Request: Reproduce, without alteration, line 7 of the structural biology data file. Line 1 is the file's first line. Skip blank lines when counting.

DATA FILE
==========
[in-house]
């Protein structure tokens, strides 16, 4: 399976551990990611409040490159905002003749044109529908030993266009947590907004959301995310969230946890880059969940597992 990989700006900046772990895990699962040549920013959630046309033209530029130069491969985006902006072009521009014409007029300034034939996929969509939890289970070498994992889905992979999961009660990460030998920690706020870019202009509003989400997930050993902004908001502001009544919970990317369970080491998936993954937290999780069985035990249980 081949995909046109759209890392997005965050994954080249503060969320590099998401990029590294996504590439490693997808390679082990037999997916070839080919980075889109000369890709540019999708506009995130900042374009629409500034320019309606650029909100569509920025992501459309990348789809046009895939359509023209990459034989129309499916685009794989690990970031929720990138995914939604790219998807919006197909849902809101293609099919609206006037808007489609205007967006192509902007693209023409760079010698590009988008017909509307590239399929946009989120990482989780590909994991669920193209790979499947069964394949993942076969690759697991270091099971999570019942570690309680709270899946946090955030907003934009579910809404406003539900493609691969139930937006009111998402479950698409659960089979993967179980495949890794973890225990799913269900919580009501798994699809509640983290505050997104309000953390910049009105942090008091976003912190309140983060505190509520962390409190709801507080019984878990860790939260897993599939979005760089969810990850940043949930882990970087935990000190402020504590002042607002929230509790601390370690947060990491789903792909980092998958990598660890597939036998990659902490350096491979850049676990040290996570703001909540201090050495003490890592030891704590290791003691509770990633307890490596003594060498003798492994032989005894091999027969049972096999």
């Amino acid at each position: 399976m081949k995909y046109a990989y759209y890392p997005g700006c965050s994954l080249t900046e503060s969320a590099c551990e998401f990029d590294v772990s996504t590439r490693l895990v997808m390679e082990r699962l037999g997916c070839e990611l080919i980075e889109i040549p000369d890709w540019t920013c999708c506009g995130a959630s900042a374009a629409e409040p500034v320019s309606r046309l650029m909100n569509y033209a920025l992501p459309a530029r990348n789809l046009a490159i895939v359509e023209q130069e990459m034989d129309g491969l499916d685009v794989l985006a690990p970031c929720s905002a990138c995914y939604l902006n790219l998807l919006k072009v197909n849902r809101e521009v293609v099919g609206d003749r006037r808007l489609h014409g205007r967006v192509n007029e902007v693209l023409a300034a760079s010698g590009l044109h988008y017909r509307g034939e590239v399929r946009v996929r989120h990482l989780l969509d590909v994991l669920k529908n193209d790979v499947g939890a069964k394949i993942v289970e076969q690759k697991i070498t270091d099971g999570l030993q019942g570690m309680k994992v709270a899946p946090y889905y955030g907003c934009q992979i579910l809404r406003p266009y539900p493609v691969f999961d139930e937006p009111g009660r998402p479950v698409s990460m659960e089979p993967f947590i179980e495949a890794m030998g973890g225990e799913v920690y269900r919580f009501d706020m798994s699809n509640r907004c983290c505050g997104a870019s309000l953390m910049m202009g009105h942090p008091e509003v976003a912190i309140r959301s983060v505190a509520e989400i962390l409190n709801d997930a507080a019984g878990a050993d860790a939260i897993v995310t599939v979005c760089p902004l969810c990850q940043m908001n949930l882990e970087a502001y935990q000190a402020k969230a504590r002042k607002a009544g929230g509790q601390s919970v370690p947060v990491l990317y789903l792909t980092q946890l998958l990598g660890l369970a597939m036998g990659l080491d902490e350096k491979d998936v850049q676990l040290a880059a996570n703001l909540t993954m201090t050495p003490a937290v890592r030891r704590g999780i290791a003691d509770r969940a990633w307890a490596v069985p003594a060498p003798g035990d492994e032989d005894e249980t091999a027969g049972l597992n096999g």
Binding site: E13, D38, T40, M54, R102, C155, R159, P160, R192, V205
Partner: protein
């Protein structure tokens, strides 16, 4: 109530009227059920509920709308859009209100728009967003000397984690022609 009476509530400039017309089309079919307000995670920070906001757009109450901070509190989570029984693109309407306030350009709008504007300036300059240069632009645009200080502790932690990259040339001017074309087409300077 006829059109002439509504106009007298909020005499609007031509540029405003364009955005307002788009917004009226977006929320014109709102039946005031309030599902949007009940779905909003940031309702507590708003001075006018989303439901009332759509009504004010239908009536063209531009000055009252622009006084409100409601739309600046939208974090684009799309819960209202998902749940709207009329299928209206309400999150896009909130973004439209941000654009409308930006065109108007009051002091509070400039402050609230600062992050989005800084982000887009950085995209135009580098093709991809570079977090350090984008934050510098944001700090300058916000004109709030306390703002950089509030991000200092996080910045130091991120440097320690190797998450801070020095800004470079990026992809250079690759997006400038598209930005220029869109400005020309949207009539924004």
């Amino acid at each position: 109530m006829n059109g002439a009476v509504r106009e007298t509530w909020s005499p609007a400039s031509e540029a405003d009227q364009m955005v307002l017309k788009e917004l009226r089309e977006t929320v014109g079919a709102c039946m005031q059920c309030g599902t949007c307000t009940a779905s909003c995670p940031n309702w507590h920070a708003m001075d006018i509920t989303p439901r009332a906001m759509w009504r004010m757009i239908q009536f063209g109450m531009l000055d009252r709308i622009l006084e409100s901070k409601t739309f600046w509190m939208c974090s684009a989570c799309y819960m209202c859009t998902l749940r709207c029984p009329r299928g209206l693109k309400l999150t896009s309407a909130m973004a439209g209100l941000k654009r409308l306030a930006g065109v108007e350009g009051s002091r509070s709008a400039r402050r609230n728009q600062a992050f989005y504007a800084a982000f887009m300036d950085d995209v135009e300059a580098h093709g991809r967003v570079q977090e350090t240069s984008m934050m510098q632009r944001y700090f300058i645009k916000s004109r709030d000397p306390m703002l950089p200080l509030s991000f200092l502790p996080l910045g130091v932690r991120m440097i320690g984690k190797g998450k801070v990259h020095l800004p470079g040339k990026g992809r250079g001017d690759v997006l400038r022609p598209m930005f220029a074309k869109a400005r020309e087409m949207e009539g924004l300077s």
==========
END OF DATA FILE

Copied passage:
């Amino acid at each position: 109530m006829n059109g002439a009476v509504r106009e007298t509530w909020s005499p609007a400039s031509e540029a405003d009227q364009m955005v307002l017309k788009e917004l009226r089309e977006t929320v014109g079919a709102c039946m005031q059920c309030g599902t949007c307000t009940a779905s909003c995670p940031n309702w507590h920070a708003m001075d006018i509920t989303p439901r009332a906001m759509w009504r004010m757009i239908q009536f063209g109450m531009l000055d009252r709308i622009l006084e409100s901070k409601t739309f600046w509190m939208c974090s684009a989570c799309y819960m209202c859009t998902l749940r709207c029984p009329r299928g209206l693109k309400l999150t896009s309407a909130m973004a439209g209100l941000k654009r409308l306030a930006g065109v108007e350009g009051s002091r509070s709008a400039r402050r609230n728009q600062a992050f989005y504007a800084a982000f887009m300036d950085d995209v135009e300059a580098h093709g991809r967003v570079q977090e350090t240069s984008m934050m510098q632009r944001y700090f300058i645009k916000s004109r709030d000397p306390m703002l950089p200080l509030s991000f200092l502790p996080l910045g130091v932690r991120m440097i320690g984690k190797g998450k801070v990259h020095l800004p470079g040339k990026g992809r250079g001017d690759v997006l400038r022609p598209m930005f220029a074309k869109a400005r020309e087409m949207e009539g924004l300077s």